By Matthew S. Robbins, MD, FAAN, FAHS

Assistant Professor of Neurology (Interim), Weill Cornell Medical College, NewYork-Presbyterian Hospital

Dr. Robbins reports no financial relationships relevant to this field of study.

SYNOPSIS: Cyclic vomiting syndrome and benign paroxysmal torticollis in children frequently predict the subsequent onset of migraine later in life.

SOURCE: Moavero R, Pepetti L, Bernucci MC, et al. Cyclic vomiting syndrome and benign paroxysmal torticollis are associated with a high risk of developing primary headache: A longitudinal study. Cephalalgia 2019;39:1236-1240.

Moavero and colleagues aimed to better define the clinical spectrum of cyclic vomiting disorder (CVS) and benign paroxysmal torticollis (BPT) and to assess the subsequent rates of developing migraine. They used a clinic-based sample surveying the parents of 82 patients already diagnosed with a history of these disorders. CVS did not feature a consistent pattern of attack frequency and duration but typically featured several vomiting episodes per attack. BPT episodes were described as lasting hours, days, or weeks.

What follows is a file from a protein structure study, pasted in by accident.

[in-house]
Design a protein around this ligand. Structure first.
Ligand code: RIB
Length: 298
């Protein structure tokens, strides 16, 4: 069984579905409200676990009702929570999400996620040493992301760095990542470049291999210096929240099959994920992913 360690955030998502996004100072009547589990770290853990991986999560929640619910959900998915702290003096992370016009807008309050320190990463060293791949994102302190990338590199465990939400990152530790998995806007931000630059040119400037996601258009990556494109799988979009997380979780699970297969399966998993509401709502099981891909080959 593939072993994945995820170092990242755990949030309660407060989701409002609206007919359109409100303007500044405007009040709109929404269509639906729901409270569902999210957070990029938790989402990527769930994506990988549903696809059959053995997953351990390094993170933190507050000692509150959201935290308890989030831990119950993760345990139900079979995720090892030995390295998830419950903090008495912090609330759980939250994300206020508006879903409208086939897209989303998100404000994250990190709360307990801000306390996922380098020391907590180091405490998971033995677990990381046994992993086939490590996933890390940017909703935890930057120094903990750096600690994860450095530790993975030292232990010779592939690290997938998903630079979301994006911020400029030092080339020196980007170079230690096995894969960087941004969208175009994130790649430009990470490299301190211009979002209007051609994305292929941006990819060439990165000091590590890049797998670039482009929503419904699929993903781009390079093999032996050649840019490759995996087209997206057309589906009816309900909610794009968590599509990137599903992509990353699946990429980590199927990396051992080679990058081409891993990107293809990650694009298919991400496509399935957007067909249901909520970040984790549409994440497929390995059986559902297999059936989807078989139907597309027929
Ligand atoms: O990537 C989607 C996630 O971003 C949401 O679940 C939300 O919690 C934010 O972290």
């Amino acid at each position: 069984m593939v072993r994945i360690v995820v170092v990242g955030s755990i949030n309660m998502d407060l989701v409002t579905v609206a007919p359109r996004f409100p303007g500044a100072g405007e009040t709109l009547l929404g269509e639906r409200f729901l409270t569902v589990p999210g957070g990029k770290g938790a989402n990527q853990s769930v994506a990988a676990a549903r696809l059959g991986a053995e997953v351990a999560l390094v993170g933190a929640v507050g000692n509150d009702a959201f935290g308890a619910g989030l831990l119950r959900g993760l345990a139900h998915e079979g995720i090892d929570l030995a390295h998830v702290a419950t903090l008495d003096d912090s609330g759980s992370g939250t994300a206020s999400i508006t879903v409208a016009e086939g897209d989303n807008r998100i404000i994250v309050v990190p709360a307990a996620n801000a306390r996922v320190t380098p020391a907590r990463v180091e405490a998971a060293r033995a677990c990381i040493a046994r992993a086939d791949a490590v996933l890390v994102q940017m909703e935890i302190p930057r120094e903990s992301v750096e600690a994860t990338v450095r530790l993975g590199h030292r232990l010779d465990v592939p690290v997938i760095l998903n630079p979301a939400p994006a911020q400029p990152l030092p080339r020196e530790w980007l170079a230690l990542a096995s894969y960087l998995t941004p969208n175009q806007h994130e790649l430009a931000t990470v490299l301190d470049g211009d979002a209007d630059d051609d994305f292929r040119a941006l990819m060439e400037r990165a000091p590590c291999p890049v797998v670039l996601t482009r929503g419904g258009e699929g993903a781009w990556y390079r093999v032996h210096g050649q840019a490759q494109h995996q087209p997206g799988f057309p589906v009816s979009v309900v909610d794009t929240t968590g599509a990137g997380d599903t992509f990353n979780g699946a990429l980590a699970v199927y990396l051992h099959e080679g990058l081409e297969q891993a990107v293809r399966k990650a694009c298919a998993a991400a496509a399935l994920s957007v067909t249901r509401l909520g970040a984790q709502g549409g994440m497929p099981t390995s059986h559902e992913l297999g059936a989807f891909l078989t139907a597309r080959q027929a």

On average, CVS started at 4 years of age and BPT at 5 months of age. Migraine ultimately developed in 71% with CVS and 81% with BPT. Mean age of headache onset was 6 years in those with CVS and 5 years in those with BPT. Both groups featured very high rates of migraine family history and coexisting episodic syndromes potentially related to migraine as well.

COMMENTARY

There is great interest to identify early-life precursors of migraine to better understand genetic and epidemiological factors that may have counseling and therapeutic implications. CVS and BPT are two such precursors recognized along with infant colic, abdominal migraine, benign paroxysmal vertigo, and alternating hemiplegia as such in the third edition of the International Classification of Headache Disorders. Periodic disorders not yet recognized in the classification include recurrent limb pain, motion sickness, and recurrent sleep disturbances.

The study results reinforce the strong link between CVS, BPT, and the later development of migraine. BPT, in particular, has been linked to mutations in CACNA1A, a voltage-dependent calcium channel, which is also the most common genotypic association with familial hemiplegic migraine. The generalizability of the results to patients in less specialized practice settings and other demographic backgrounds should be questioned, as this sample was derived from a single pediatric headache center in Italy. CPT and BPT generally are uncommon conditions, unlike infant colic, which has a much higher prevalence and has been the subject of more recent and larger scale investigations regarding a migraine link. In infant colic, there may be more of an influence of a maternal migraine history on its prevalence, whereas for other disorders like CVS and BPT, a parental-specific influence remains largely unexplored.